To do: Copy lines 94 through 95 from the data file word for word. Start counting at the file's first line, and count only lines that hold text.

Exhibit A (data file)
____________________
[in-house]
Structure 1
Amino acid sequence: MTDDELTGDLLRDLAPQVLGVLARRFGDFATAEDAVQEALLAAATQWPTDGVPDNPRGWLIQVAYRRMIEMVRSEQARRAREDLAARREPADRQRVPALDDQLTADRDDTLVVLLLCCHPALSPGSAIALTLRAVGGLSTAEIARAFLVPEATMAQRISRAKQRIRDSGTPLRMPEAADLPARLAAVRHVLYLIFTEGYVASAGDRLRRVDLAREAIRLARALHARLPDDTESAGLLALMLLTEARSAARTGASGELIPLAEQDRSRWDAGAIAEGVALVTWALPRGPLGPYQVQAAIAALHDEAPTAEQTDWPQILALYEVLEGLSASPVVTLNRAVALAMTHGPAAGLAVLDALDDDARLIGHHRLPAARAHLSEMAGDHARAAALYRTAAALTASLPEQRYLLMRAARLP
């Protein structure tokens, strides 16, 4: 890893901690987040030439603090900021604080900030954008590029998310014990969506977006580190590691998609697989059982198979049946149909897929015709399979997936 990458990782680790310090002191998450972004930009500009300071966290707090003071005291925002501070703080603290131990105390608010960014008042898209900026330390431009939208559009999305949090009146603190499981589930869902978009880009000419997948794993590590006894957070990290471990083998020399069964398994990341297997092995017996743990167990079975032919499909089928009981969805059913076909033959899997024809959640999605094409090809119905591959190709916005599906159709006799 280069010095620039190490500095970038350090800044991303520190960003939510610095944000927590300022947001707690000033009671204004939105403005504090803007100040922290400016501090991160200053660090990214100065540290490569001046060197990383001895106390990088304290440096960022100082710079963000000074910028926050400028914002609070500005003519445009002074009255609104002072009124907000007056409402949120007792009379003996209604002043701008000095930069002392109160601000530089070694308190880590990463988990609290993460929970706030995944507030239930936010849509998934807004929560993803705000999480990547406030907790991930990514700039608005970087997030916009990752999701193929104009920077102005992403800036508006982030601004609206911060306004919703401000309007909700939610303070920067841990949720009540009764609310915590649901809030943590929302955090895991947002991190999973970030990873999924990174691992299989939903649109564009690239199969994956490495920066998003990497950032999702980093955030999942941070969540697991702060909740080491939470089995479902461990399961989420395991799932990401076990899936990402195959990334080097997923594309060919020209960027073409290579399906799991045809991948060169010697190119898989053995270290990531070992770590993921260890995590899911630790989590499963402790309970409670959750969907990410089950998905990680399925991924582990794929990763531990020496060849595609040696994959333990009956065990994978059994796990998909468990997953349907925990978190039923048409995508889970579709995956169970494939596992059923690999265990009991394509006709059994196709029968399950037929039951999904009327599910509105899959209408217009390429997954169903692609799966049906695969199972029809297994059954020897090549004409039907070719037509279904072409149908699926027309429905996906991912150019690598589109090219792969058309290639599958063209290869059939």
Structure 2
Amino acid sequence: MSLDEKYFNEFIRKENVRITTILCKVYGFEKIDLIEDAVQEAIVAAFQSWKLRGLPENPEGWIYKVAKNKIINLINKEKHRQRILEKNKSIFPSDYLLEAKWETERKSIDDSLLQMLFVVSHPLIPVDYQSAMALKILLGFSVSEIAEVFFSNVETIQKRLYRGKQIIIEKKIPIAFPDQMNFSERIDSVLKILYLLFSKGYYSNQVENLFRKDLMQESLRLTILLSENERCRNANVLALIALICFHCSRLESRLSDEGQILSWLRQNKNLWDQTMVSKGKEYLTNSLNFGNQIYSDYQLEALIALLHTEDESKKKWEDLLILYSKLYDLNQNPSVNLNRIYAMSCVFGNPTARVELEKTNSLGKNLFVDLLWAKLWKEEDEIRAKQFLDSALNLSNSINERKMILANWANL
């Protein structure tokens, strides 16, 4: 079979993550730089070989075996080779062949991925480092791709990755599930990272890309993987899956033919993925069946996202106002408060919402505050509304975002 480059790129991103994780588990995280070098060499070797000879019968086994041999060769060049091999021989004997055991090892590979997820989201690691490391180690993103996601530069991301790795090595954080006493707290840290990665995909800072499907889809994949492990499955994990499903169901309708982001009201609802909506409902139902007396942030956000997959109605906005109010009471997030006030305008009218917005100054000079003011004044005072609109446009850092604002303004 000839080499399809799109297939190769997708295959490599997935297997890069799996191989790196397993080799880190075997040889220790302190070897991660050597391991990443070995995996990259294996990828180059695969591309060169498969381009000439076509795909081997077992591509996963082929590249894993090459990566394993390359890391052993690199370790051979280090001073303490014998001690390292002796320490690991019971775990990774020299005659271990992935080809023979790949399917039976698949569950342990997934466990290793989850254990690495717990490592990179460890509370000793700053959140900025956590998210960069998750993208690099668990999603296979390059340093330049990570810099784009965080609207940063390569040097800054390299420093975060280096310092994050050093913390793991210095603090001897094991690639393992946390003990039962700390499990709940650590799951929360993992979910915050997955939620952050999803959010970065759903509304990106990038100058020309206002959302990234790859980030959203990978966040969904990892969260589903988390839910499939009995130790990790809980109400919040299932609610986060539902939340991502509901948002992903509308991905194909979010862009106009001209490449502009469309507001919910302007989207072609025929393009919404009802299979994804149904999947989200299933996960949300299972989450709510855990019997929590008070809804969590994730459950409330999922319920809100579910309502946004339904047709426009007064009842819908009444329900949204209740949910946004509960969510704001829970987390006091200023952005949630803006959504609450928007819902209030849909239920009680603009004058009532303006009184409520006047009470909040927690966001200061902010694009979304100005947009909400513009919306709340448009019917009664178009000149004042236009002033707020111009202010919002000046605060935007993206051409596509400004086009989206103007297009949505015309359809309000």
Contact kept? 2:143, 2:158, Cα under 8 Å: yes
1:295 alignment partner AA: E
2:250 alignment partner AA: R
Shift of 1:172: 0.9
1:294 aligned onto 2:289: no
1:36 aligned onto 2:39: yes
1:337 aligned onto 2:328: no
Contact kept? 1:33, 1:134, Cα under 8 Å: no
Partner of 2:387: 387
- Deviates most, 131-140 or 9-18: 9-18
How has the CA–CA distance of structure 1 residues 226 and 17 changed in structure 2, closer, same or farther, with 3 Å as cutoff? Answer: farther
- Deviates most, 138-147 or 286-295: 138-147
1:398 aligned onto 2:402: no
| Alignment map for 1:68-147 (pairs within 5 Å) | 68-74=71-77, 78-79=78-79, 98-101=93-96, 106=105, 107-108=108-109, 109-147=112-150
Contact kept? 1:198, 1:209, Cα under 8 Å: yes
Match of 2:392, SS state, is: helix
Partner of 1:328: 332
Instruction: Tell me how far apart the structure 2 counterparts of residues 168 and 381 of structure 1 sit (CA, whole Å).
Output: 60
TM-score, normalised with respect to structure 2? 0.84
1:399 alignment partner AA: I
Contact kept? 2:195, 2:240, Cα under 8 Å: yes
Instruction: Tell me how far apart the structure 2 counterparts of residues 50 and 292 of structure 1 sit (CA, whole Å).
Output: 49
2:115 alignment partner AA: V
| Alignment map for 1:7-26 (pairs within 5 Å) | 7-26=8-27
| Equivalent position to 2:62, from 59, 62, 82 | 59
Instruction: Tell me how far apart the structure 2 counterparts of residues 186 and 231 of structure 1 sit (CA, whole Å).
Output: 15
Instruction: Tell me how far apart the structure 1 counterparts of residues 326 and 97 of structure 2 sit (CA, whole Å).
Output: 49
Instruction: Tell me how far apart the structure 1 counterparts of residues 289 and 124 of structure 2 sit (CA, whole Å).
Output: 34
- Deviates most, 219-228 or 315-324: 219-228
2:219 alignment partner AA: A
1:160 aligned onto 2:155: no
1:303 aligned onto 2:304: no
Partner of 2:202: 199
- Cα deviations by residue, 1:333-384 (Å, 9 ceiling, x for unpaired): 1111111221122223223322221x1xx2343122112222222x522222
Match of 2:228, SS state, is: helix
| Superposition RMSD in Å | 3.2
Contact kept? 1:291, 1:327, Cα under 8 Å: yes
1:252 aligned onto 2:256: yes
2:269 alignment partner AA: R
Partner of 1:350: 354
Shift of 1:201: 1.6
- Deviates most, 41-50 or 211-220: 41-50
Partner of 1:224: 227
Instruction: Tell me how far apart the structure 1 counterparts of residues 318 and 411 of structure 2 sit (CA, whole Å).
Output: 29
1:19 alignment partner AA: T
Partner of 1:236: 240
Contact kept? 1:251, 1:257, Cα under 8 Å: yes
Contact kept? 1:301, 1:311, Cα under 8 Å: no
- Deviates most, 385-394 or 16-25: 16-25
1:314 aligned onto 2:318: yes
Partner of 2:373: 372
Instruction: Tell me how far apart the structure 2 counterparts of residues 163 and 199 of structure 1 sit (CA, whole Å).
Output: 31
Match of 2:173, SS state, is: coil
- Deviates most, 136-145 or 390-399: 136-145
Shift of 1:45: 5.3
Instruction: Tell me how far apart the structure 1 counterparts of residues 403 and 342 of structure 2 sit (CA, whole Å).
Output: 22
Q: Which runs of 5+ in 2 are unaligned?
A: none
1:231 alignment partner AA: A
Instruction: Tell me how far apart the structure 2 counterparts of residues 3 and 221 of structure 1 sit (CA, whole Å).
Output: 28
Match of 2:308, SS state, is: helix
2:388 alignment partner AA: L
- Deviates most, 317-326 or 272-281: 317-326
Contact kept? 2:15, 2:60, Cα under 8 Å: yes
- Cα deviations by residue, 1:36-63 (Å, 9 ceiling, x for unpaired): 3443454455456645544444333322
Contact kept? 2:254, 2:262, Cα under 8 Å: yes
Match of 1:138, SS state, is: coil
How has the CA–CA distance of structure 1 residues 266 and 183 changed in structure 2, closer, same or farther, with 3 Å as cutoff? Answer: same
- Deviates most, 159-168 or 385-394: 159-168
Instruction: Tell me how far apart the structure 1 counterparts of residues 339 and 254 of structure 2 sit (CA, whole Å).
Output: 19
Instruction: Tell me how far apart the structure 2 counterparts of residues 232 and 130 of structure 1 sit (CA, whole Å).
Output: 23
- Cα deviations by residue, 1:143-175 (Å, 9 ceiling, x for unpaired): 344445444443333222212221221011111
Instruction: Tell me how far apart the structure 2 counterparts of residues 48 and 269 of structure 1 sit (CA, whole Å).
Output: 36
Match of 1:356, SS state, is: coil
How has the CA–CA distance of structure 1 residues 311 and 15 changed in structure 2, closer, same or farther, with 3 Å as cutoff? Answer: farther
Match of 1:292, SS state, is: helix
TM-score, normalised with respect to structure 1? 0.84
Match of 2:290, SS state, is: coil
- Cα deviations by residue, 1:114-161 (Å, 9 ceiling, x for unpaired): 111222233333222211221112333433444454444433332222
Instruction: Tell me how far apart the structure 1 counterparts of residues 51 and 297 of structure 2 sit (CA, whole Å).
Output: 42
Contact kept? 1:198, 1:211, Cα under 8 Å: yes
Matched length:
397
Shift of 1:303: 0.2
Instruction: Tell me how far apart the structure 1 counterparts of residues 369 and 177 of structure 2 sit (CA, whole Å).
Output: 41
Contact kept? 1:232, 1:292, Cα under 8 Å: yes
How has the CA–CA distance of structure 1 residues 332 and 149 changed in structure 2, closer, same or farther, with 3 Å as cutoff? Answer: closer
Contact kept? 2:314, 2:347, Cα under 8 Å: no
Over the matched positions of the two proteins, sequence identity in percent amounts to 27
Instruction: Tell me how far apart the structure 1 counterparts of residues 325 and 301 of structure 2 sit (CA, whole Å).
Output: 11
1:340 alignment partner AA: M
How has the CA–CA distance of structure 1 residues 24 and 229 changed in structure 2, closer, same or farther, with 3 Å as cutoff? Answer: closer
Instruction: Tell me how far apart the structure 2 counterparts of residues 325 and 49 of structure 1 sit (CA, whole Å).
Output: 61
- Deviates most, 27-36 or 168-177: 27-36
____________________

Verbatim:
How has the CA–CA distance of structure 1 residues 311 and 15 changed in structure 2, closer, same or farther, with 3 Å as cutoff? Answer: farther
Match of 1:292, SS state, is: helix